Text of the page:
Your Brain Creates Transposable Memory Sketches of People

Mundane scenes have clarified how the brain uses memory in a new study. Researchers used functional MRI scanners to monitor subjects’ brains while watching short videos of real-life scenes. People working on laptops in a cafe or shopping in a supermarket were examples of this.

“They were very ordinary scenes. No car chases or anything,”

said Zachariah Reagh, assistant professor of psychological and brain sciences at Washington University in St. Louis.

mundane memory sketches
Experimental design structure. (A) Eight videos were designed to systematically combine the information in events about local entities (i.e., central person) and contexts (i.e., specific location), with an additional layer of context type (i.e., café vs. grocery store). (B) Encoding trial structure (three runs, randomized event order). (C) Recall trial structure (one run, randomized event order). Permission has been acquired from Drs. Alex Barnett and Kamin Kim to depict them in this figure. Credit: Nat Commun 14, 1279 (2023) CC-BY

The research participants then described the scenes in as much detail as possible. The mundane snippets led to intriguing discoveries, such as how different brain parts collaborated to understand and remember a situation.

Anterior Temporal Network

Model matrices based on hypothesized representational profiles
Model matrices based on hypothesized representational profiles. Credit: Nat Commun 14, 1279 (2023).

Networks in the temporal lobe’s anterior region, a part of the brain long known to play an important role in memory, remained focused on the subject regardless of their surroundings.

However, the posterior medial network, which includes the parietal lobe at the back of the brain, was more concerned with the environment. According to Reagh, these networks then sent information to the hippocampus, which combined the signals to form a coherent scene.

Previously, researchers studied the different building blocks of memories using very simple objects and scenarios, such as a picture of an apple on a beach. But life isn’t that simple.

“I wondered if anyone had done these types of studies with dynamic real-world situations and, shockingly, the answer was no,”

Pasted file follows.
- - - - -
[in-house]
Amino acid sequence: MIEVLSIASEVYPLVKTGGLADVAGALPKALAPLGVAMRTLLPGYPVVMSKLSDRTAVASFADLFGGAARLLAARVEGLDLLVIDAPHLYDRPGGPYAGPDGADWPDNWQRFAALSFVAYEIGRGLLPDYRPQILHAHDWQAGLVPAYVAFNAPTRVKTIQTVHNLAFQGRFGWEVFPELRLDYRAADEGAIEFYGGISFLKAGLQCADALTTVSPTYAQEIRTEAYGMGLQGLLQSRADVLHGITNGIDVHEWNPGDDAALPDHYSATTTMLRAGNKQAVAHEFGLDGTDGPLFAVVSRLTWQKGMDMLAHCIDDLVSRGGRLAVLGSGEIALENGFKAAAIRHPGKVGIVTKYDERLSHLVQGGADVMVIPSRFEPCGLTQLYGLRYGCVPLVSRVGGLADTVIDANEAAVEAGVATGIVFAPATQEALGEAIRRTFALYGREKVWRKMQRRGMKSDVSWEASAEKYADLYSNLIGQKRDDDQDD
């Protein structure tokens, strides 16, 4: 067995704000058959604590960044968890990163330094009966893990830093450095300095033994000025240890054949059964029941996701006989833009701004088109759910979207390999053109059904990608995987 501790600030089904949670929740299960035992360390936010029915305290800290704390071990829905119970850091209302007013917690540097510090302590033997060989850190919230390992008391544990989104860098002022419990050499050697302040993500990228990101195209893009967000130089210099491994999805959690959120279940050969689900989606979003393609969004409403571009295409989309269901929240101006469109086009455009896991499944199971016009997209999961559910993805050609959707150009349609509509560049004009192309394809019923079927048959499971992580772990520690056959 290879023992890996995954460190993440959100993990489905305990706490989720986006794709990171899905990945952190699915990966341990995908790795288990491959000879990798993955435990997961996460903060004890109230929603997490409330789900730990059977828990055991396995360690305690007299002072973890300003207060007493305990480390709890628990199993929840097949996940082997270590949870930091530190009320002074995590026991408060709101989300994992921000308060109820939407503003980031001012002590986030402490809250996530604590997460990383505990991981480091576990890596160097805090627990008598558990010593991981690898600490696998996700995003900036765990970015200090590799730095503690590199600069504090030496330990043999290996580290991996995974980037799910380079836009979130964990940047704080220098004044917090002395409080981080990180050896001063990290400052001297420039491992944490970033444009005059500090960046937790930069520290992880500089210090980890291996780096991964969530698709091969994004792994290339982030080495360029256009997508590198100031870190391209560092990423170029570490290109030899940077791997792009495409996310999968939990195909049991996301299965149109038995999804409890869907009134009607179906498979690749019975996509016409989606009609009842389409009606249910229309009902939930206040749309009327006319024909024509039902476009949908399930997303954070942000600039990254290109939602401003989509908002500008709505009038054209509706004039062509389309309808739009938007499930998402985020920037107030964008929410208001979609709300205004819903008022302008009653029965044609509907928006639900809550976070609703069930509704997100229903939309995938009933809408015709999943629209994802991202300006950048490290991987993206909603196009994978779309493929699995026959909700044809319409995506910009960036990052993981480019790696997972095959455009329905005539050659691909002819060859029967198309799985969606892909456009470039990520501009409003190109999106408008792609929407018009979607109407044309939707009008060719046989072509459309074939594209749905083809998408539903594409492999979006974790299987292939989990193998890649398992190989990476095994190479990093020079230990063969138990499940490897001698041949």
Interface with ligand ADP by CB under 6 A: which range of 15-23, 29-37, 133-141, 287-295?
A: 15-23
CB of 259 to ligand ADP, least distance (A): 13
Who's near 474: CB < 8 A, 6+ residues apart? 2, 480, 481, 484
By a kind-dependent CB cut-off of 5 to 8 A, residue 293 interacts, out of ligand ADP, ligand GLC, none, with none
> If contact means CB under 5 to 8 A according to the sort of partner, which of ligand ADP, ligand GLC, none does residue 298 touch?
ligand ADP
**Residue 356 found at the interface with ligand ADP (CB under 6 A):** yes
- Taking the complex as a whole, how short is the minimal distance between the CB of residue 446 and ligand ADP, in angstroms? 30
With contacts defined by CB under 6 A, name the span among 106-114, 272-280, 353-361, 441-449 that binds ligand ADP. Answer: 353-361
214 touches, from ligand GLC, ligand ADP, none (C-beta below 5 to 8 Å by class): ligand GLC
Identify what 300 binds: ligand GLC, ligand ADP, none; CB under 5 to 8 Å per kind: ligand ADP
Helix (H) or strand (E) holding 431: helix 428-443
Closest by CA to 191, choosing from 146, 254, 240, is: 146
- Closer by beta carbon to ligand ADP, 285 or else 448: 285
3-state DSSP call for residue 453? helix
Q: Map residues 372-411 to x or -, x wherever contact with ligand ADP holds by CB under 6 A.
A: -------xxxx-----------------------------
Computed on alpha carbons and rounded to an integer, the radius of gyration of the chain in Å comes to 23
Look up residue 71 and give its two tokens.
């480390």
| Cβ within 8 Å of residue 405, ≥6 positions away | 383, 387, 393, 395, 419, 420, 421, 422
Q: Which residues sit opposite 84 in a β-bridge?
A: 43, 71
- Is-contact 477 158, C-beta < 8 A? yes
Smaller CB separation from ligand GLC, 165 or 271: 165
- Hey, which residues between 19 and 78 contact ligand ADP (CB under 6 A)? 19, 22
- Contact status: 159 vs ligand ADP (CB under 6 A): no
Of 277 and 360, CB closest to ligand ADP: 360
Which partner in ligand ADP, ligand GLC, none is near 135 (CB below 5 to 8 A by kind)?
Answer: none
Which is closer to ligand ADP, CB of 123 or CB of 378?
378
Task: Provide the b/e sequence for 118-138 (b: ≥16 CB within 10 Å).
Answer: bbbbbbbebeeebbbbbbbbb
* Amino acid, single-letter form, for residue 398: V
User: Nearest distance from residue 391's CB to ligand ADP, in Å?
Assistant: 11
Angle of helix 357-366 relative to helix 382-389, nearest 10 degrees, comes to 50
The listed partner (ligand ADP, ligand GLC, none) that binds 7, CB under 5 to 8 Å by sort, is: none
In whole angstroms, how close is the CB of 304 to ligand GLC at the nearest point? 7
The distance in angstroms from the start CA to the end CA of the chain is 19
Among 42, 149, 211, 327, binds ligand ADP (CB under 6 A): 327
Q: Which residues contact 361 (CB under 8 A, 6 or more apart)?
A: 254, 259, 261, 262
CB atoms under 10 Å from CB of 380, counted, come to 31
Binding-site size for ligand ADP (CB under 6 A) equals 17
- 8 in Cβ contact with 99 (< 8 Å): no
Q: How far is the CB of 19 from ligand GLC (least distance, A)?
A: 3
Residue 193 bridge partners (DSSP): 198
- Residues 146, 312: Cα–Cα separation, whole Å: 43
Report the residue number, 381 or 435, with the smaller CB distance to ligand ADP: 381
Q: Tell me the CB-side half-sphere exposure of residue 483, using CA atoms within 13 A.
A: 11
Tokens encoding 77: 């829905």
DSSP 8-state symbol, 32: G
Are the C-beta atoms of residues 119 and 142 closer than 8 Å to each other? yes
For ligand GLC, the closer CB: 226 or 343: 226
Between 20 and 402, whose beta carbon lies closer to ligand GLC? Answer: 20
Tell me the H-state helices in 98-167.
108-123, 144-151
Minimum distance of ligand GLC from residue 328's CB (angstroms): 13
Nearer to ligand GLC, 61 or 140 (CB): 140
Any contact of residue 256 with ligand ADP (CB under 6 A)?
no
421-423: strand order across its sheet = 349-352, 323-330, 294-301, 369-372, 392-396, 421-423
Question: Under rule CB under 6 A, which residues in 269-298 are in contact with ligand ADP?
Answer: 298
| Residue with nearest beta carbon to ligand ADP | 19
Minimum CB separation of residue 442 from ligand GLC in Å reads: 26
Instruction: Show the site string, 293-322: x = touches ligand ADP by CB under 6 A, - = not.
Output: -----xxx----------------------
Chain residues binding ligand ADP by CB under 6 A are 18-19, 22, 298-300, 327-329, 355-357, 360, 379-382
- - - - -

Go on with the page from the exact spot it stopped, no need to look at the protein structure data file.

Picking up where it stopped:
said Reagh.

Encoding-retrieval Pattern Similarity

Across-event pattern similarity at encoding
Across-event pattern similarity at encoding.
(A, B) Posterior Medial Network pattern similarity results most strongly fit the Context model matrix. (C, D) Anterior Temporal Network pattern similarity results most strongly fit the Person model matrix. (E, F) Medial prefrontal cortex pattern similarity results most strongly fit the Schema model matrix. (G, H) Hippocampus pattern similarity results most strongly fit the Episodic model matrix.
Credit: Nat Commun 14, 1279 (2023) CC-BY

According to the new research, the brain creates mental sketches of people that can be moved from one location to another, similar to how an animator can copy and paste a character into different scenes.

It may seem counterintuitive that your brain can create a sketch of a family member and move it around, but it is extremely efficient, Reagh said.

Some subjects remembered the café and grocery store scenes more completely and accurately than others. Reagh and coauthor Charan Ranganath of the University of California, Davis discovered that people with the best memories used the same neural patterns when recalling scenes as they did when watching the videos.

“The more you can bring those patterns back online while describing an event, the better your overall memory,”

he said.

Event Representations Evolve

According to Reagh, it is currently unknown why some people appear to be more adept than others at reproducing the thought patterns required to access memory. However, it is obvious that many things can get in the way. When trying to retrieve a memory, he says, “a lot can go wrong.”

Even memories that seem crisp and vivid may not actually reflect reality.

“I tell my students that your memory is not a video camera. It doesn’t give you a perfect representation of what happened. Your brain is telling you a story,”

he said.

These findings fill a critical gap in previous research on event cognition and memory by demonstrating how the complementary functions of different cortico-hippocampal networks allow the brain to construct and reuse mental representations of event components across different episodic memories.

In future, Reagh plans to study the brain activity and memory of people watching more complicated stories.

  1. Reagh, Z.M., Ranganath, C. Flexible reuse of cortico-hippocampal representations during encoding and recall of naturalistic events. Nat Commun 14, 1279 (2023).

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